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Fact sheet: Aboriginal Scar Trees

Aboriginal people caused scars on trees by removing bark for various purposes. Find out how to spot and protect them.


  • scar more-or-less regular in shape, often with parallel sides and slightly pointed or rounded ends
  • scar usually stops above ground level
  • exposed sapwood free of tree knots or branches or evidence of a branch having been at the top of the scar
  • exposed sapwood at the base and (more rarely) at the top of the scar may show stone or steel axe cuts
  • tree an Australian native species which occurs naturally in the district
  • tree usually over 200 years old
A tree that has been scarred by Aboriginal people
A tree that has been scarred by Aboriginal people.

What are scarred trees?

Aboriginal people caused scars on trees by removing bark for various purposes. The scars, which vary in size, expose the sapwood on the trunk or branch of a tree.

Where are scarred trees found?

Scarred trees are found all over Victoria, wherever there are mature native trees, especially box and red gum. They often occur along major rivers, around lakes and on flood plains.

What to do if you find a scarred tree

  • check the scar for key characteristics
  • record the trees location and its condition
  • note whether it is under threat of disturbance

Please help to preserve Aboriginal cultural places by reporting their presence to First Peoples - State Relations.

Why did Aboriginal people remove bark?

Aboriginal people removed bark from trees to make canoes, containers and shields and to build temporary shelters.

They also cut toe holds in trees to make them easier to climb. This allowed them to use trees as lookouts, hunt for possums or bee hives, and cut bark higher up in the tree. Sometimes trees were carved or decorated, but examples are rare in Victoria.

To remove bark, the Aboriginal people cut an outline of the shape they wanted using stone axes or, once Europeans had arrived, steel axes. The bark was then levered off. Sometimes the axe marks made by Aboriginal people are still visible on the sapwood of the tree, but usually the marks will be hidden because the bark has grown back. The amount of bark regrowth may help you tell the age of the scar. Sometimes, if the scar is very old, it will be completely covered by regrowth.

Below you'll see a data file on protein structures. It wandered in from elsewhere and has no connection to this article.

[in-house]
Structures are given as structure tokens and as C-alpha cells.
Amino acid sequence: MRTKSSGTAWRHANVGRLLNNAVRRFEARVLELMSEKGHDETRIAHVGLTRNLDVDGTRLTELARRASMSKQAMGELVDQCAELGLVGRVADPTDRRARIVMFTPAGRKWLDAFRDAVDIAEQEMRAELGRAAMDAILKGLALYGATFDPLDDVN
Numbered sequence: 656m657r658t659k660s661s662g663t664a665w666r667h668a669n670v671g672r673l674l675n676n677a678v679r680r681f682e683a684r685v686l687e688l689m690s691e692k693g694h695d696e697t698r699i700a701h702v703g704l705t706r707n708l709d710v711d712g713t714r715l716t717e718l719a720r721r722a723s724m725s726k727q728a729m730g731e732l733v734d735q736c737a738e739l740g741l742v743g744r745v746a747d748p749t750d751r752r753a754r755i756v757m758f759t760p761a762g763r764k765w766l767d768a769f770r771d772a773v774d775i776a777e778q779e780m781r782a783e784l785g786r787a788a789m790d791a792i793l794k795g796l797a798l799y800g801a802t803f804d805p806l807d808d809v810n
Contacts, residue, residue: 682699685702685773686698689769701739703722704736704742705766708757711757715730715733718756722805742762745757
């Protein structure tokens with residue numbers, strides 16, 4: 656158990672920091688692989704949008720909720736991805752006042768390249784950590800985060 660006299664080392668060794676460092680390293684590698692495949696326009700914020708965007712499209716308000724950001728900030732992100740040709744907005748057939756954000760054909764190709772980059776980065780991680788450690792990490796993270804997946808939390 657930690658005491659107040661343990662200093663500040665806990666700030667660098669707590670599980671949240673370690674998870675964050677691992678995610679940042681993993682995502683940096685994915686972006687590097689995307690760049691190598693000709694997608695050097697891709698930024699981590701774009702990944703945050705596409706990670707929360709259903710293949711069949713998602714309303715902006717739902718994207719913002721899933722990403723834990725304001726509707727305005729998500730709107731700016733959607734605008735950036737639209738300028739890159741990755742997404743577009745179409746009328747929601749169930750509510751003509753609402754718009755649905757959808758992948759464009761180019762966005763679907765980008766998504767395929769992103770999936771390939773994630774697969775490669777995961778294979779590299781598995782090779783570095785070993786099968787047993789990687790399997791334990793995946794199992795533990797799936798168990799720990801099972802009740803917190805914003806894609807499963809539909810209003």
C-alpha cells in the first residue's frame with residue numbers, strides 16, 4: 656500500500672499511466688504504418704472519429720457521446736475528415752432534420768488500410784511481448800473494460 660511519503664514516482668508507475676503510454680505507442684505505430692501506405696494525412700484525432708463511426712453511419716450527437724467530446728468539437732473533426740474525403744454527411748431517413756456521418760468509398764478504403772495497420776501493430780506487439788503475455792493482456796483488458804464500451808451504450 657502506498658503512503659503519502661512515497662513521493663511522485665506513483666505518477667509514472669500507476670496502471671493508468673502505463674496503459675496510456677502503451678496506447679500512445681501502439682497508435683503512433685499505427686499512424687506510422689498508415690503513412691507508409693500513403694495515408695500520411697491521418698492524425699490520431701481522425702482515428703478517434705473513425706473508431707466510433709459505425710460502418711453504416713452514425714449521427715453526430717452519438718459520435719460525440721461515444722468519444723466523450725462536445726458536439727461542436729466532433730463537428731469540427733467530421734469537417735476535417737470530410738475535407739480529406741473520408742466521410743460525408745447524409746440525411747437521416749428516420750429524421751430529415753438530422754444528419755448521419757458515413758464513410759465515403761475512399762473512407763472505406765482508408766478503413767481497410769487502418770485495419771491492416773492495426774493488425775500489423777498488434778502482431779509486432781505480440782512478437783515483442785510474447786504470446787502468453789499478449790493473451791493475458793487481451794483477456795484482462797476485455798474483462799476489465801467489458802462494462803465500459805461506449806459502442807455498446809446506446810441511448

What other human activities can cause scars?

European settlers also removed bark from trees to build huts. Generally, these scars will be more square or rectangular in shape than those created by Aboriginal people.

Boundary or survey markers made by European settlers and farmers also caused scars. Survey markers are usually triangular and may have a number or date carved or written on the sapwood.

Trees close to roads may be damaged by passing vehicles. Scars caused in this way will usually only occur below a height of about two metres.

What natural processes can cause scars?

Fire, lightning, storms and floods can also cause scars on trees.

Fire damage is distinctive: the scar is usually triangular, wide at the base and tapering up from the ground, and the wood is charred. A scar caused by a falling branch often looks like a ‘keyhole’, with the stub of the branch at the top and a tail of torn sapwood beneath.

Scars caused by falling trees  can sometimes be identified by examining nearby tree stumps.

These will usually give some idea of the direction in which the tree fell. If that direction matches the position of the scar, the scar may be natural.

Why are scarred trees important?

Scarred trees provide valuable clues about the use of perishable materials by Aboriginal people. Because wood often rots away, Victorian museums have only a small number of Aboriginal wooden artefacts. Most of our information on Aboriginal use of wood comes from the writings of early settlers and explorers.

Scarred trees are easier to find than many other archaeological sites.

They tell us where Aboriginal people used to live, and help us find other types of archaeological sites, such as scatters of stone tools. Scarred trees also provide Aboriginal people today with an important link to their culture and their past.

Threats to scarred trees

Scarred trees are disappearing because of natural ageing and decay, timber cutting, environmental problems such as salinity and fire. First Peoples - State Relations records scarred trees so that we will have a permanent photographic and written record of this important part of the heritage of all Australians. Some scarred trees require attention, so they will be preserved for future generations.

Are scarred trees protected?

All Aboriginal cultural places in Victoria are protected by law. Aboriginal artefacts are also protected.

It is against the law to disturb or destroy an Aboriginal place. Artefacts should not be removed from sites.

Aboriginal Scarred Trees Fact Sheet
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